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    Calls for Annan resignation as oil for food scandal continues PRINT FRIENDLY EMAIL STORY
    PM - Tuesday, 30 November , 2004 18:25:58
    Reporter: Alison Caldwell
    MARK COLVIN: The United Nations oil for food scandal, already known to involve up to $20-billion, is starting to lap at the very top of the UN.

    The Secretary General, Kofi Annan, has been forced to distance himself from the business dealings of his son Kojo. The reason - revelations that Kojo was paid by a company involved in the oil for food program as recently as February this year.

    Kofi Annan has been forced to express his disappointment in his son's lack of disclosure on the matter, which has dogged the UN chief for the past three months.

    The pressure on Kofi Annan has intensified in recent days with high profile columnists in the New York Times and the Wall Street Journal now calling for him to resign.

    It comes just two days ahead of the release of a major report recommending widespread reform of the UN, a report requested by the Secretary General himself.

    Alison Caldwell reports.

    ALISON CALDWELL: The controversy surrounding the UN's oil for food program is now threatening to destroy the credibility of the UN Secretary General Kofi Annan.

    The latest chapter involves his son Kojo Annan and payments he received from a firm that had a contract under the oil for food program in Iraq.

    Late last week, a spokesman for Kofi Annan was forced to admit that the monthly payments continued up until February this year, six years later than previously reported.

    Today UN Spokesman Fred Eckhard fronted the media in New York to express the Secretary General's disappointment.

    FRED ECKHARD: As to his son Kojo, and the specific allegations that he continued to receive payment from Cotecna until February of this year, the Secretary General said he had been under the impression that those payments had stopped in 1998. When he recently found out that had in fact continued until this year, the Secretary General said he was surprised and disappointed.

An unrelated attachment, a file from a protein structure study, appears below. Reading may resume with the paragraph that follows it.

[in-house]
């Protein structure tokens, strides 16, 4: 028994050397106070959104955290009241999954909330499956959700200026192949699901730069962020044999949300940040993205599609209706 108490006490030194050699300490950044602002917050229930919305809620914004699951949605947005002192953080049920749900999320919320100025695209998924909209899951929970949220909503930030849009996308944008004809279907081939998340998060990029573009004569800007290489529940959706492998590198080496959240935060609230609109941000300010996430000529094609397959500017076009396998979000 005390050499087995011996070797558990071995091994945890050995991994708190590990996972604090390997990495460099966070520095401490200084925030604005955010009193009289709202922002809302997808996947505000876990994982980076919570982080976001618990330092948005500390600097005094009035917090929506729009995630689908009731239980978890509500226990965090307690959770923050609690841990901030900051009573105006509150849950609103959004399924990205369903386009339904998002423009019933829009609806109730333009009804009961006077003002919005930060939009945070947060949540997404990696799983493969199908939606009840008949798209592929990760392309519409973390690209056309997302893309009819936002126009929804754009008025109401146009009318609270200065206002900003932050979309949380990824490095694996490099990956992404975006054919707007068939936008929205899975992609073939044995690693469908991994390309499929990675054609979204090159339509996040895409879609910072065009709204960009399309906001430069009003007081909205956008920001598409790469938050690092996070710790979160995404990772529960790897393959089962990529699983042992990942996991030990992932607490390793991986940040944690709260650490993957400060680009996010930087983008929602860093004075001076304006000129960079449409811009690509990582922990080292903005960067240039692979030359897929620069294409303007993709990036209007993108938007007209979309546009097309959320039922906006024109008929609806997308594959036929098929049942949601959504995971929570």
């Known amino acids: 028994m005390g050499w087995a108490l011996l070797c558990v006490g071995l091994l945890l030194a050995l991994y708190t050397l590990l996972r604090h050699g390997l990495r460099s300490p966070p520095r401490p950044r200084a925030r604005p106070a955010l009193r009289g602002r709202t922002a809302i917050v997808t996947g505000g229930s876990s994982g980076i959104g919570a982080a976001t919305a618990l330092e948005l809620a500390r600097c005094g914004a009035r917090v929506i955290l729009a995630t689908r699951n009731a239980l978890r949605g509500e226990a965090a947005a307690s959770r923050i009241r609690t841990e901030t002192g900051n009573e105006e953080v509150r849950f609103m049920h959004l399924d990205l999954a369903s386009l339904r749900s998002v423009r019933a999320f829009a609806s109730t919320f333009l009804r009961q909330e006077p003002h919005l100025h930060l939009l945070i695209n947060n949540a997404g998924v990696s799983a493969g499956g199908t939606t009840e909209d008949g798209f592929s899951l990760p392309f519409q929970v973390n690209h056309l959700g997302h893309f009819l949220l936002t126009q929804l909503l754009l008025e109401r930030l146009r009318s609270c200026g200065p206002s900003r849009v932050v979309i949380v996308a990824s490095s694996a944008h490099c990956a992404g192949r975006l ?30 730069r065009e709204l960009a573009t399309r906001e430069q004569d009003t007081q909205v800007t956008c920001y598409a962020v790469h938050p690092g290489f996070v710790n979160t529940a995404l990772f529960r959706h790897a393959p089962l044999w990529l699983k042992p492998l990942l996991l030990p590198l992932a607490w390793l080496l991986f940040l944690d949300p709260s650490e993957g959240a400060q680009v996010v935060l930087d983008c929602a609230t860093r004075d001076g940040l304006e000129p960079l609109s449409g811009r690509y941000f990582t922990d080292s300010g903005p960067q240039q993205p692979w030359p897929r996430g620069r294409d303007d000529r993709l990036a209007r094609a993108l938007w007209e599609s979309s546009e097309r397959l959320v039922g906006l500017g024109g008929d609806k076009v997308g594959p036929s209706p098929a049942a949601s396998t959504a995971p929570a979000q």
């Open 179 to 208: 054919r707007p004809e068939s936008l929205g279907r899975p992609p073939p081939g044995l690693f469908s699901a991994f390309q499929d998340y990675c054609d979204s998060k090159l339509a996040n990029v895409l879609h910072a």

ALISON CALDWELL: Nigeria based Kojo Annan once worked for the Swiss company Cotecna Inspections. The UN had claimed that Kojo severed ties with the company in February 1999, but the monthly payments of more than $3,000 continued until February this year.

    Fred Eckhard again.

    FRED ECKHARD: He added that his son is a grown man, and that the Secretary General doesn't get involved in his son's business, and that his son doesn't get involved in the UN's business.

    ALISON CALDWELL: The United Nations hired Cotecna to check civilian supplies reaching Iraq under the UN's oil for food program, from 1998 until 2003.

    There's no evidence that Kojo Annan worked on Cotecna's Iraqi program, and according to Fred Eckhard, the Secretary General had no role in the distribution of UN contracts.

    The oil for food scandal is the subject of six separate US congressional inquiries. Kofi Annan commissioned the former chairman of the US Federal Reserve, Paul Volcker, to conduct his own independent inquiry.

    Conservative commentator Frank Gaffney was a senior Defence Department official in the Reagan administration. Now with the Centre for Security Policy in Washington, he believes the story about Kofi Annan's son is just the tip of the iceberg.